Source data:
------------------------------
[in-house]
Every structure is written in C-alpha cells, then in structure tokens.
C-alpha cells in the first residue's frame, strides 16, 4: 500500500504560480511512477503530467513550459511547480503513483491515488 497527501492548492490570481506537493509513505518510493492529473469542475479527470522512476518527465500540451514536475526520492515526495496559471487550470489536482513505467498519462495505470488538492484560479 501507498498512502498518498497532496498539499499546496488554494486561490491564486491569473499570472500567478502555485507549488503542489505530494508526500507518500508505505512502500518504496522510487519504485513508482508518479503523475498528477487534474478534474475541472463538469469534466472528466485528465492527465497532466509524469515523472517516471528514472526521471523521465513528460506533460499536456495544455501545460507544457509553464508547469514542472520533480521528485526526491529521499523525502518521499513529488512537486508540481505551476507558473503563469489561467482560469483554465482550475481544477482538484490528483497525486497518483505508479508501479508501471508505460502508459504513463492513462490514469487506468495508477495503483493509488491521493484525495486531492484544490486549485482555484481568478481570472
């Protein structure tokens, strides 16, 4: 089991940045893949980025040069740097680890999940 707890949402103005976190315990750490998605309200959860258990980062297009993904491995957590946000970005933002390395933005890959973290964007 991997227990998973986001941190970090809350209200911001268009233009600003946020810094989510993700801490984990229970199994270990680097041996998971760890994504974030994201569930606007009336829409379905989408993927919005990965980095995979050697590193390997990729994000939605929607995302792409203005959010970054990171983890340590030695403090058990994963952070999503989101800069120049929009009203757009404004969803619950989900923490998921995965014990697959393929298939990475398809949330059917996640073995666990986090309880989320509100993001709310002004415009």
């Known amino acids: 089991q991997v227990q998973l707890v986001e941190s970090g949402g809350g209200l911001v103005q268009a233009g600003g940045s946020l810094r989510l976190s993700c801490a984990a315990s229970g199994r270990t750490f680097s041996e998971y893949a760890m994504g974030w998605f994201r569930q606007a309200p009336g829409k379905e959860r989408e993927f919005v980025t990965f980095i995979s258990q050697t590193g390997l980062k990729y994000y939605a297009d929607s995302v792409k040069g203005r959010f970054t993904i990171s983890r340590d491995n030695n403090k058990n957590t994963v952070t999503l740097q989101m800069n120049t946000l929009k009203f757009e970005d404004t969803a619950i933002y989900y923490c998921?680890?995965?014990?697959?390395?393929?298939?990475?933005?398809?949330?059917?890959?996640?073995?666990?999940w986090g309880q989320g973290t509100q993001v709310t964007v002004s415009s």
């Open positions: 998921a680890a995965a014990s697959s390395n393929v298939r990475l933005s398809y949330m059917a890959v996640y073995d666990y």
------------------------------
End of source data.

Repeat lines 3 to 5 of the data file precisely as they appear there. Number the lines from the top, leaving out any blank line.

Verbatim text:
C-alpha cells in the first residue's frame, strides 16, 4: 500500500504560480511512477503530467513550459511547480503513483491515488 497527501492548492490570481506537493509513505518510493492529473469542475479527470522512476518527465500540451514536475526520492515526495496559471487550470489536482513505467498519462495505470488538492484560479 501507498498512502498518498497532496498539499499546496488554494486561490491564486491569473499570472500567478502555485507549488503542489505530494508526500507518500508505505512502500518504496522510487519504485513508482508518479503523475498528477487534474478534474475541472463538469469534466472528466485528465492527465497532466509524469515523472517516471528514472526521471523521465513528460506533460499536456495544455501545460507544457509553464508547469514542472520533480521528485526526491529521499523525502518521499513529488512537486508540481505551476507558473503563469489561467482560469483554465482550475481544477482538484490528483497525486497518483505508479508501479508501471508505460502508459504513463492513462490514469487506468495508477495503483493509488491521493484525495486531492484544490486549485482555484481568478481570472
């Protein structure tokens, strides 16, 4: 089991940045893949980025040069740097680890999940 707890949402103005976190315990750490998605309200959860258990980062297009993904491995957590946000970005933002390395933005890959973290964007 991997227990998973986001941190970090809350209200911001268009233009600003946020810094989510993700801490984990229970199994270990680097041996998971760890994504974030994201569930606007009336829409379905989408993927919005990965980095995979050697590193390997990729994000939605929607995302792409203005959010970054990171983890340590030695403090058990994963952070999503989101800069120049929009009203757009404004969803619950989900923490998921995965014990697959393929298939990475398809949330059917996640073995666990986090309880989320509100993001709310002004415009």
């Known amino acids: 089991q991997v227990q998973l707890v986001e941190s970090g949402g809350g209200l911001v103005q268009a233009g600003g940045s946020l810094r989510l976190s993700c801490a984990a315990s229970g199994r270990t750490f680097s041996e998971y893949a760890m994504g974030w998605f994201r569930q606007a309200p009336g829409k379905e959860r989408e993927f919005v980025t990965f980095i995979s258990q050697t590193g390997l980062k990729y994000y939605a297009d929607s995302v792409k040069g203005r959010f970054t993904i990171s983890r340590d491995n030695n403090k058990n957590t994963v952070t999503l740097q989101m800069n120049t946000l929009k009203f757009e970005d404004t969803a619950i933002y989900y923490c998921?680890?995965?014990?697959?390395?393929?298939?990475?933005?398809?949330?059917?890959?996640?073995?666990?999940w986090g309880q989320g973290t509100q993001v709310t964007v002004s415009s």